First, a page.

What Should I Say…
By Marygrace Lomboy, CRNP –
Visiting someone who is dying is not the most comfortable thing to do. What should I say when I walk in? What will that person look like? What if I cry? What if we both just break down? Will I make the situation worse? The entire scenario can be so uncomfortable that some will just avoid it all together. It is scary to many of us because it reminds us of our own mortality. We are worried about saying the “wrong” thing… It is hard to find the right words to express our intense feelings of sadness or impending loss, but by avoiding the visit all together may result in many missed opportunities. Opportunities of love, sharing and growth both for you and the person dealing with a time limited prognosis are possible with just a few moments shared. Yes, it is uncomfortable and very sad to witness your loved one’s failing body, declining health, and weakened spirit, but we must be careful not to loose sight of what that person is and was, and is so much more than their decline and impending death. There are no perfect words to say, but somehow, if you can embrace the moment and look at it with a must broader perspective, it may be less intimidating.
The most important thing that I’ve learned over the years of taking care of people who are dying is to be present and to listen. Listening and just being with them is often times enough. Conversation does not need to take place continuously throughout your visit. Your loved one may be in an extremely weakened state and having an active conversation may be very strenuous at this time. Holding a hand, just sitting or just being there may be just what is needed.
Often times, when we engage a person we ask “How are you”? That needs to be a question with some depth – not just accepting the answer “fine” or “OK”. We may want to ask again and say, “No, I mean how you are really”. And then really listen and listen well.
Showing compassion and empathy to what the dying person is experiencing is helpful. We may feel frustrated ourselves that we can’t change a situation and the feelings of sadness and loss are overwhelming. Empathizing with someone who is dying and saying “I am so sorry that you have to experience this” may be a way to meet that person half way. You will never know what that person is feeling, but we can express that we are sorry for what they are feeling.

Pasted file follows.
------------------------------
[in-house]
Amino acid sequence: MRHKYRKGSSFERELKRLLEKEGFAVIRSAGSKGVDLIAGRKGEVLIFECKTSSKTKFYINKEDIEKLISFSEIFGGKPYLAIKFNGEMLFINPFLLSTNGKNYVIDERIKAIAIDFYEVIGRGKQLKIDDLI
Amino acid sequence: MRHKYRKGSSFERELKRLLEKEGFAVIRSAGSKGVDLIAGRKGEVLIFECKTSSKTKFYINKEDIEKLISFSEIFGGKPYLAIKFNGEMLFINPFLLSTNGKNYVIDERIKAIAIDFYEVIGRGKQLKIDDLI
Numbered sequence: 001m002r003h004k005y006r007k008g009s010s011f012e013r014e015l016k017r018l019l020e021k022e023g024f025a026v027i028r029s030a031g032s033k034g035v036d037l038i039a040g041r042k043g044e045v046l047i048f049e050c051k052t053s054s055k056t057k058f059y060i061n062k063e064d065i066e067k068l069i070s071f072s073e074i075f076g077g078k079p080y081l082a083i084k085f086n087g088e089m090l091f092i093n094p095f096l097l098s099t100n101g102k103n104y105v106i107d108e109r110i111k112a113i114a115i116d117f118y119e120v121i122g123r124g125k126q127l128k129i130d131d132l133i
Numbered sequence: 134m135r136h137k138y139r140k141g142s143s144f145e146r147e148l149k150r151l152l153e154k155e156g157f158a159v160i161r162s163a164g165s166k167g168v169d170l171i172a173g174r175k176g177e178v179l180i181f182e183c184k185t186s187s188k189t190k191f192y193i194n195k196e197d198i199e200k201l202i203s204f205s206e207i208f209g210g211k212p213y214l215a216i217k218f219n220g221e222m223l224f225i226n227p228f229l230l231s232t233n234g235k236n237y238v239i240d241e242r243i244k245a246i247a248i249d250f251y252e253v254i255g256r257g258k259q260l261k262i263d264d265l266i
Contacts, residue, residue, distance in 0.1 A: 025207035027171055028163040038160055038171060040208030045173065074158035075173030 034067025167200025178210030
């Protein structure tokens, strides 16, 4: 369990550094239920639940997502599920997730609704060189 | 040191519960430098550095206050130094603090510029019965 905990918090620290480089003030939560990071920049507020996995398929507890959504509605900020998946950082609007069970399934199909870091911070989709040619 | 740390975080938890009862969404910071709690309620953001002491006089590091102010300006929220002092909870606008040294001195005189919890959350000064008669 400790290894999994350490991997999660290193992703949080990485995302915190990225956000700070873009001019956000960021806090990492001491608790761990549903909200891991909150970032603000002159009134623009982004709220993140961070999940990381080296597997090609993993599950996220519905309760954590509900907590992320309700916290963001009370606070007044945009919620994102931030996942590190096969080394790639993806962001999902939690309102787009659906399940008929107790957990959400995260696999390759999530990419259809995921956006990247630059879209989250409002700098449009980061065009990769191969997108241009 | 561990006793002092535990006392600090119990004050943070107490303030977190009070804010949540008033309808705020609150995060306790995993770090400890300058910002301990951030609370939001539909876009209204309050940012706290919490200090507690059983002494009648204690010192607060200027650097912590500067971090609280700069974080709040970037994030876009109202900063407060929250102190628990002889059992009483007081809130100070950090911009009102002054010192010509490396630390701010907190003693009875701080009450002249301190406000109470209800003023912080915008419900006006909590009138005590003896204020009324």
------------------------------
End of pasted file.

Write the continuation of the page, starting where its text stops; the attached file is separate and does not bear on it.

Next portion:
Revisiting the past of some happy memories together can lighten up the mood. Remembering shared past experiences and remembering shared times together may be a pleasant bridge to connect you during this time.
Discussing the future is not always an easy task. You may ask, “What will your tomorrow look like?” What ever the answer is, try to be open and accepting of where that person is. Again, you may not need a response to the answer, just listening and being may all that is needed at this time.
I think the most difficult part of the conversation is ending the visit. You can say, “I have to be on my way now, I have enjoyed spending this time with you.” You may want to tell them that you will be thinking about them, or praying for them. This may be the last chance that you get to tell that person how much they mean to you. Don’t miss any opportunities that may present themselves. You may be overwhelmed by emotion upon leaving, but know that the time spent made a positive difference for yourself and your loved one.
You may never realize the impact of your visit on both your loved one and yourself. Although extremely difficult, it may be one of the most memorable, intimate and blessed moments you will experience with your loved one.